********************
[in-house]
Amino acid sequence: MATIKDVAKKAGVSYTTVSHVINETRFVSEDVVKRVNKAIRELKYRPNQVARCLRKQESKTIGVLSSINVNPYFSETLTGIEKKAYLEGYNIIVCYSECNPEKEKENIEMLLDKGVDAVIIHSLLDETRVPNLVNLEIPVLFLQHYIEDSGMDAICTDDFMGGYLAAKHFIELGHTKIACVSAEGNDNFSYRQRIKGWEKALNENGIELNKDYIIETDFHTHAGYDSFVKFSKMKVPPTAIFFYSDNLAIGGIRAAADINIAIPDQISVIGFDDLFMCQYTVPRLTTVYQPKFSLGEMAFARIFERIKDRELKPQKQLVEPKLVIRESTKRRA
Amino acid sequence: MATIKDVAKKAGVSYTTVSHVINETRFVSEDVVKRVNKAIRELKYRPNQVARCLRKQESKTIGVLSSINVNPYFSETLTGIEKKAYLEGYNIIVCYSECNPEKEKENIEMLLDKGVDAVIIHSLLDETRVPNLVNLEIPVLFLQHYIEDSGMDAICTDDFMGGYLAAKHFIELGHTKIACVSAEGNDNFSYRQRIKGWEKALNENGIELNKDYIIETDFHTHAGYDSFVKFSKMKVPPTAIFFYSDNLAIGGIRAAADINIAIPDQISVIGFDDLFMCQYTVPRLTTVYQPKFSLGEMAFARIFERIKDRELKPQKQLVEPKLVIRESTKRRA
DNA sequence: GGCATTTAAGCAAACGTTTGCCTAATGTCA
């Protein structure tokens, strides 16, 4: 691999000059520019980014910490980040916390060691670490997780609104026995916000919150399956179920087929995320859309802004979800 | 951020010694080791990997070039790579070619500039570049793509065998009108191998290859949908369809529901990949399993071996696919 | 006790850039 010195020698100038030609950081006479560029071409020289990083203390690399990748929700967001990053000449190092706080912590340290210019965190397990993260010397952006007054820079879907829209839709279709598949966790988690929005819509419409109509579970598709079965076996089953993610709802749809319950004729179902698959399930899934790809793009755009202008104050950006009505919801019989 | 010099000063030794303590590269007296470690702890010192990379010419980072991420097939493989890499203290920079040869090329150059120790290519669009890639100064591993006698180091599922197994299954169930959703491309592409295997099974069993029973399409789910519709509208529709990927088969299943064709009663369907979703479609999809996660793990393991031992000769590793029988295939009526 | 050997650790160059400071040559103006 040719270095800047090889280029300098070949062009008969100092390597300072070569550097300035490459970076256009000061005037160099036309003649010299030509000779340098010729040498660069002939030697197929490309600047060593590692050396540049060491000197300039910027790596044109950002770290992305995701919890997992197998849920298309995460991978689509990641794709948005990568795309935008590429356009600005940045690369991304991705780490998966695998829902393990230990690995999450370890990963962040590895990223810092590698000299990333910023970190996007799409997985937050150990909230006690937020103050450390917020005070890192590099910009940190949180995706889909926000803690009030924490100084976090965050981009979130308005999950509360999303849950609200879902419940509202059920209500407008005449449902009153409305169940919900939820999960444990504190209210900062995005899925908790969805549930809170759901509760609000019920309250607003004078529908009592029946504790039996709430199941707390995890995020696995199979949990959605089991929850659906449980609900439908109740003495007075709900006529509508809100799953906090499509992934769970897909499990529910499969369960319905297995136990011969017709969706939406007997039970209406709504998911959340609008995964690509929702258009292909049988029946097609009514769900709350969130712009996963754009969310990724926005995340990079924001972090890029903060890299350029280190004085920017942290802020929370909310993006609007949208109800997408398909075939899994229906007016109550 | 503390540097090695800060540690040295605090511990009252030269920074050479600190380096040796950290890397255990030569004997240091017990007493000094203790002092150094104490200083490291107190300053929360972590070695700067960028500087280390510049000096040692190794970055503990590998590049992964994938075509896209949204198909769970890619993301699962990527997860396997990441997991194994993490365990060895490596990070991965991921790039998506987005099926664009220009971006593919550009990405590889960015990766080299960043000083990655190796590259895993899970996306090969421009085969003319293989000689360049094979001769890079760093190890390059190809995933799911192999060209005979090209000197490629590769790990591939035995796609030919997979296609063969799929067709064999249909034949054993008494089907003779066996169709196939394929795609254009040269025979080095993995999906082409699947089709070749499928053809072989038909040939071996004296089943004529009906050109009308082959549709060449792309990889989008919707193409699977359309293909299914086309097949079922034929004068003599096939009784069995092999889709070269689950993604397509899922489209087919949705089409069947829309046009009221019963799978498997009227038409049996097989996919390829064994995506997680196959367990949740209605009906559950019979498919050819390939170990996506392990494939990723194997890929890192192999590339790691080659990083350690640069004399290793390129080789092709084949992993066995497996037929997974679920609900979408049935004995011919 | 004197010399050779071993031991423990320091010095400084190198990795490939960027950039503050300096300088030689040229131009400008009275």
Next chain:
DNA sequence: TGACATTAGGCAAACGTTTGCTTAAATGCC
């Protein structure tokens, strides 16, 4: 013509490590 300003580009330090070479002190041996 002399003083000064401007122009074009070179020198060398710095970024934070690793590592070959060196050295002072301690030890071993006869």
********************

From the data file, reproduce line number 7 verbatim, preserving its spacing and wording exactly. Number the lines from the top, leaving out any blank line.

DNA sequence: TGACATTAGGCAAACGTTTGCTTAAATGCC